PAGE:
Ever since the implementation of the new regulations, Bloomfield Hills School’s food service department has seen a decrease each year in the number of students buying lunches. In addition we have seen a decrease in our a la carte sales after the Smart Snacks rule went into effect. If we were allowed to have more flexibility with the regulations we could find the items our students want to eat.” (Michigan)

American schools might be better at encouraging creativity than European schools

James B. Stewart believes that a fearless culture fuels U.S. tech giants

Often overlooked in the success of American start-ups is the even greater number of failures. “Fail fast, fail often” is a Silicon Valley mantra, and the freedom to innovate is inextricably linked to the freedom to fail. In Europe, failure carries a much greater stigma than it does in the United States. Bankruptcy codes are far more punitive, in contrast to the United States, where bankruptcy is simply a rite of passage for many successful entrepreneurs.

Petre Moser, assistant professor of economics at Standard and its Europe Center, said that Europeans have been trying to recreate Silicon Valley with little success, “The institutional and cultural differences are still too great.”

In his New York Times column, Stewart explains:

One of Europe’s greatest innovations was the forerunner of the modern university: Bologna, founded in 1088. But as centers of research and innovation, Europe’s universities long ago ceded leadership to those in the United States.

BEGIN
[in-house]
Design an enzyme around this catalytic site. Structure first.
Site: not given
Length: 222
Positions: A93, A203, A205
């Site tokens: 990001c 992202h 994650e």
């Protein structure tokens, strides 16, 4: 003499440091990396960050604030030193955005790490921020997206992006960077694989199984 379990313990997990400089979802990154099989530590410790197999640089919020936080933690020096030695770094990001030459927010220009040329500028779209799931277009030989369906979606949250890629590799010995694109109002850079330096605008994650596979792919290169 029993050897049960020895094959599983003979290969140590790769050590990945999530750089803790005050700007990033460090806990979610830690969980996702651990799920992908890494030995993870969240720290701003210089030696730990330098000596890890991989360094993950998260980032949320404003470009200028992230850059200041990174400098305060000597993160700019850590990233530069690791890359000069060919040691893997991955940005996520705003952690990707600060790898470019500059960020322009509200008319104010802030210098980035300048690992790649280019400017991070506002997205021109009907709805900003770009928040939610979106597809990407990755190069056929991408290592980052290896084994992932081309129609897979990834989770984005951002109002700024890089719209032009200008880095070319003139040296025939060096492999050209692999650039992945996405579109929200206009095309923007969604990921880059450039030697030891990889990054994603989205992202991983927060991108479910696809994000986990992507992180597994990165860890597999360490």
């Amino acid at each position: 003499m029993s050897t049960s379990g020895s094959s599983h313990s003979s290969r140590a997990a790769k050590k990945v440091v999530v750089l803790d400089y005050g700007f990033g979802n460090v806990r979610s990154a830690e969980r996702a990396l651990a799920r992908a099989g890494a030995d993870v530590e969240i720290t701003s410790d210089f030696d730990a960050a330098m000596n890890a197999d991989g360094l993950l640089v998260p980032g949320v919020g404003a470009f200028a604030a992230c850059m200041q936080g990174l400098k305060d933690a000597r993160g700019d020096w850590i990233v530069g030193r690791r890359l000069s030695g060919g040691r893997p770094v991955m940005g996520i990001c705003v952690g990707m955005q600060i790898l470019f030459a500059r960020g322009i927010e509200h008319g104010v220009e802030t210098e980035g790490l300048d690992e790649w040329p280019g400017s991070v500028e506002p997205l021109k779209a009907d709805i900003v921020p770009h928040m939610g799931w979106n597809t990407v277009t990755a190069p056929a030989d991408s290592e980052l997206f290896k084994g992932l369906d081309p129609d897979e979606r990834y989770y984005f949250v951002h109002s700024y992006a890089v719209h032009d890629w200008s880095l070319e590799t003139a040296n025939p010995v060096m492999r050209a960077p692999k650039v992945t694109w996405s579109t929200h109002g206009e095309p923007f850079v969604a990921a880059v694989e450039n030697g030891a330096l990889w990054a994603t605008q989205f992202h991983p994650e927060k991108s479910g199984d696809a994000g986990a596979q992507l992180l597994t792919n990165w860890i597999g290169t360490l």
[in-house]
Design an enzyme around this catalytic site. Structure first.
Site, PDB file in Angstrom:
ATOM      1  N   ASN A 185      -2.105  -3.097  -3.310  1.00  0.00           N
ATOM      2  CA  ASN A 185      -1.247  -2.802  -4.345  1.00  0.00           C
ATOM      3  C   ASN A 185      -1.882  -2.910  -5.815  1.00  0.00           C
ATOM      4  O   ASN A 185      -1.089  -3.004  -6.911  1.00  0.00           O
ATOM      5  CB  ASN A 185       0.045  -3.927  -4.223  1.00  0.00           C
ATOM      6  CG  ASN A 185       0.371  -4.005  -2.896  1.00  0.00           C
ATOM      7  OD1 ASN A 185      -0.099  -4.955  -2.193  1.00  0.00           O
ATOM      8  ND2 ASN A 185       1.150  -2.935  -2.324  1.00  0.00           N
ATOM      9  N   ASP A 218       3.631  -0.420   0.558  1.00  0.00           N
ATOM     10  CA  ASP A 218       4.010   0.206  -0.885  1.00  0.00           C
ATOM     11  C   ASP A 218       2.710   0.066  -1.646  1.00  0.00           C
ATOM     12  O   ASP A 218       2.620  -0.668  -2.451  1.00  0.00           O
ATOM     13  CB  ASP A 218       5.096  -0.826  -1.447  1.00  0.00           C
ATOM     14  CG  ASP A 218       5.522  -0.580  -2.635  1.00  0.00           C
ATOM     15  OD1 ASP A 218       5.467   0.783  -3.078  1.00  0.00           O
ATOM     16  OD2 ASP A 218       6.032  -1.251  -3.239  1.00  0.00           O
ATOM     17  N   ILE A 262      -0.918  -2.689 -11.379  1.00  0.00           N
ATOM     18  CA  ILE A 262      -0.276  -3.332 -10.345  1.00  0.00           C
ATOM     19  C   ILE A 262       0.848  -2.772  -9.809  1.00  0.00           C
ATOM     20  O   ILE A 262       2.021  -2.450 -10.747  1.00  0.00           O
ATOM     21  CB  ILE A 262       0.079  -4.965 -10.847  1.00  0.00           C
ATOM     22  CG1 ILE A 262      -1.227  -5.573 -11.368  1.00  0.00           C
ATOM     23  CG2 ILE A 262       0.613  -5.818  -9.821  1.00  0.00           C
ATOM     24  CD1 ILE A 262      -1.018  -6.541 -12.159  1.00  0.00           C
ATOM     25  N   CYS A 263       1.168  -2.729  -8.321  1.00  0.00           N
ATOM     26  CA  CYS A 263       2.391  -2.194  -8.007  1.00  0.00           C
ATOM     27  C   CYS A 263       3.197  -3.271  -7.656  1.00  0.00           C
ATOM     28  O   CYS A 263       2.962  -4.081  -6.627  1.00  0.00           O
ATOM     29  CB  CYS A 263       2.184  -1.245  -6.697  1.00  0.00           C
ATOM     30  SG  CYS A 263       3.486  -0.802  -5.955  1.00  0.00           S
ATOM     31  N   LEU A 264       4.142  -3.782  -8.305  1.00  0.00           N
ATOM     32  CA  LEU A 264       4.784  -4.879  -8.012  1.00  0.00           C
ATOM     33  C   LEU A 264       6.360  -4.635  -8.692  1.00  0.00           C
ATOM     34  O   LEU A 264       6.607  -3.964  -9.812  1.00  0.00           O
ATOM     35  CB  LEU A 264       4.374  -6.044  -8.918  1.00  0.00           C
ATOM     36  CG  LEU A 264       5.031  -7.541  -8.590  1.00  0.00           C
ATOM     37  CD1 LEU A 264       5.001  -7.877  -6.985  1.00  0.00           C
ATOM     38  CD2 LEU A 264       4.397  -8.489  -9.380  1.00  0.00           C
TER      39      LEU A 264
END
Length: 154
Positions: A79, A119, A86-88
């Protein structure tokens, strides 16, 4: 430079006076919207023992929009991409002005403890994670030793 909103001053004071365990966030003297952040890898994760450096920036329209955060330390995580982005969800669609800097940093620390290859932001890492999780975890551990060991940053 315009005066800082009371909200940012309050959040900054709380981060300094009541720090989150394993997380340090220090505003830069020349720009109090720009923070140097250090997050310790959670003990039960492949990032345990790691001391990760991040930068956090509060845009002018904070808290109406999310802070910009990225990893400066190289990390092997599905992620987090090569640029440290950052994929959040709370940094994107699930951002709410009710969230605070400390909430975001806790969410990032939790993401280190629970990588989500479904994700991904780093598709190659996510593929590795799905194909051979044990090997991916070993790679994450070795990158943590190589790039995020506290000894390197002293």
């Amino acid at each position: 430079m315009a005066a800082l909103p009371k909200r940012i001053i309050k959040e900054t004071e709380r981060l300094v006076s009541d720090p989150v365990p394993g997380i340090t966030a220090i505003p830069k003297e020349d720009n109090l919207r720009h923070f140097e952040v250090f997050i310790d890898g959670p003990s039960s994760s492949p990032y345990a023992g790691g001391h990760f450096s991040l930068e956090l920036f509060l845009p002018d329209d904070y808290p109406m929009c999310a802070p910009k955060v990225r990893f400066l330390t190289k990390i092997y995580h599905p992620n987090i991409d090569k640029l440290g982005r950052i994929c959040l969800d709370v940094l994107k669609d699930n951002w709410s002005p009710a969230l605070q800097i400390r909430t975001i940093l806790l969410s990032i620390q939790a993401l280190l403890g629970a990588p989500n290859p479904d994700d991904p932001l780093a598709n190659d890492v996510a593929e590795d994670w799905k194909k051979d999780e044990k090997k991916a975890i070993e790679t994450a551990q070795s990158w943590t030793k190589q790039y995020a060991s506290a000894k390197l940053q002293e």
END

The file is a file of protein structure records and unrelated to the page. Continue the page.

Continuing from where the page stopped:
With its emphasis on early testing and sorting, the educational system in Europe tends to be very rigid. “If you don’t do well at age 18, you’re out,” Professor Moser said. “That cuts out a lot of people who could do better but never get the chance. The person who does best at a test of rote memorization at age 17 may not be innovative at 23.” She added that many of Europe’s most enterprising students go to the United States to study and end up staying.

She is currently doing research into creativity. “The American education system is much more forgiving,” Professor Moser said. “Students can catch up and go on to excel.”

Walt Carlson pushes for computers for each student

Walt Carlson recently urged the Fairfax County School Board to increase the number of computers in classrooms. He also warned against unequal implementation of technology as some schools move ahead on their own to provide a computer for each student. Here is the email he sent May 19:

Hi School Board Members: